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Re: Why a racer for cruising discussion...

It's really hard to make specific references like this is what cruiser is.....and a racer is a narrow beamed boat without " categorizing" a pigeon holing things. The reaction you received may not have been what you intended but obviously is what a few independent people interpretted what was said by you So maybe let's eliminate the word cruiser...as I don't fit your narrow definition.

People buy boats hopefully for their intended uses. It is individual owner specific. You have 2 kids on your boat all the time. Most don't. That means you want two heads, I don't. That means you want a large cockpit, I don't. It may mean you want an open transom , I don't. Beam is important to you or room, not for me if it slows me down. We both like our grills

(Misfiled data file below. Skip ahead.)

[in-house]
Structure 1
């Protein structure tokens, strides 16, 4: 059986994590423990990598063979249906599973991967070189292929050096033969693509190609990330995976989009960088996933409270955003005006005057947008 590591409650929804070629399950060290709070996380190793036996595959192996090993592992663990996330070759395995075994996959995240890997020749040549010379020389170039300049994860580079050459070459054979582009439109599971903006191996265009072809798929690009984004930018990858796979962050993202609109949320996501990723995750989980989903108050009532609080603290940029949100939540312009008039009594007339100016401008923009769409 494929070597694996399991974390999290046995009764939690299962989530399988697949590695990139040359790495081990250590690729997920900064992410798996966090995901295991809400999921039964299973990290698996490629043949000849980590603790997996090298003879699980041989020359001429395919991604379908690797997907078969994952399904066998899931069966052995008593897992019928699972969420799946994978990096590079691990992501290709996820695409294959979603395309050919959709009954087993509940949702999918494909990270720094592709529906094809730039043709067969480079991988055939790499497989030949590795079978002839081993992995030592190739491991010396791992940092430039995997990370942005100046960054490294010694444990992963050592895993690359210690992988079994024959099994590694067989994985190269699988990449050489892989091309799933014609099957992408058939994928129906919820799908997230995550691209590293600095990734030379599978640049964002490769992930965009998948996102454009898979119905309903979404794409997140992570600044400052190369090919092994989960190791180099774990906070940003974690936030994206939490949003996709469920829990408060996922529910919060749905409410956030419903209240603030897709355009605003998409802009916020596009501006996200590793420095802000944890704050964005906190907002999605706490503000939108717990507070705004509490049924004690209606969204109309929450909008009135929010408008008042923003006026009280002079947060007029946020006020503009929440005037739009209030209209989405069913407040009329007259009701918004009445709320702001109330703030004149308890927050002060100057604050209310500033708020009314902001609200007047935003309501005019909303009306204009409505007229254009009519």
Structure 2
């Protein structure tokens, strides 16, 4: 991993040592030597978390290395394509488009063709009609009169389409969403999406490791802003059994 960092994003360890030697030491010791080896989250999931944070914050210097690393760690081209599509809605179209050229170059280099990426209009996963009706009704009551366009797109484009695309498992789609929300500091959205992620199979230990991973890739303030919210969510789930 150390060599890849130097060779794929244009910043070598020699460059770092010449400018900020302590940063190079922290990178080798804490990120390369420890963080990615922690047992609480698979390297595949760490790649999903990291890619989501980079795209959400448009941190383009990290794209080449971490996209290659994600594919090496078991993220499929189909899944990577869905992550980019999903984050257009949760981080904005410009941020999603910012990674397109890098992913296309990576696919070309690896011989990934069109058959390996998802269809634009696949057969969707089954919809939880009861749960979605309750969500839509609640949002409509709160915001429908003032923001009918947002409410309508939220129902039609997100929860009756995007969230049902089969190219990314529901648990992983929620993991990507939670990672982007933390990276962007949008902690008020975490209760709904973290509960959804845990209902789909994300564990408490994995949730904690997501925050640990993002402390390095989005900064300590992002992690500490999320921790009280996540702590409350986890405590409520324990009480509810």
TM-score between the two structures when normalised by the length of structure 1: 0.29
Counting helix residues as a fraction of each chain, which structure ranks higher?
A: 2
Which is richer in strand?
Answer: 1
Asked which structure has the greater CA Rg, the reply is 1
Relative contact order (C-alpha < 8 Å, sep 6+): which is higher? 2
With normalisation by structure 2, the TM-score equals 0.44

Tankage is important in terms of fuel, but I can manage with 100 gallons of water and a water maker. I don't want a furled main, I want a performance main which is run on he KISS principal. One forestry is enough or you, I want a detachable inner stay or second furled headsail for long distance passage making. I need a 6gallon hot water tank you need at least 12. I want solar arrays , wind generation and a Honda 2000. You want a generator.

There is much more. But the drift is I want a performance cruiser which gets up and goes. In the 40 foot range a Hanse, a Saga, a Sabre. Something which is very safe and comfortable for two.

There are too many variations of sailboats just like sailors which tick off boxes for each of us to narrow it down. A live aboard will look or different qualities than a world cruiser. A live aboard may have a different view about boat speed and want the space of an IP or such, where a long instance cruiser sees the advantage the of a 5 day passage taking 4 with a performance cruiser.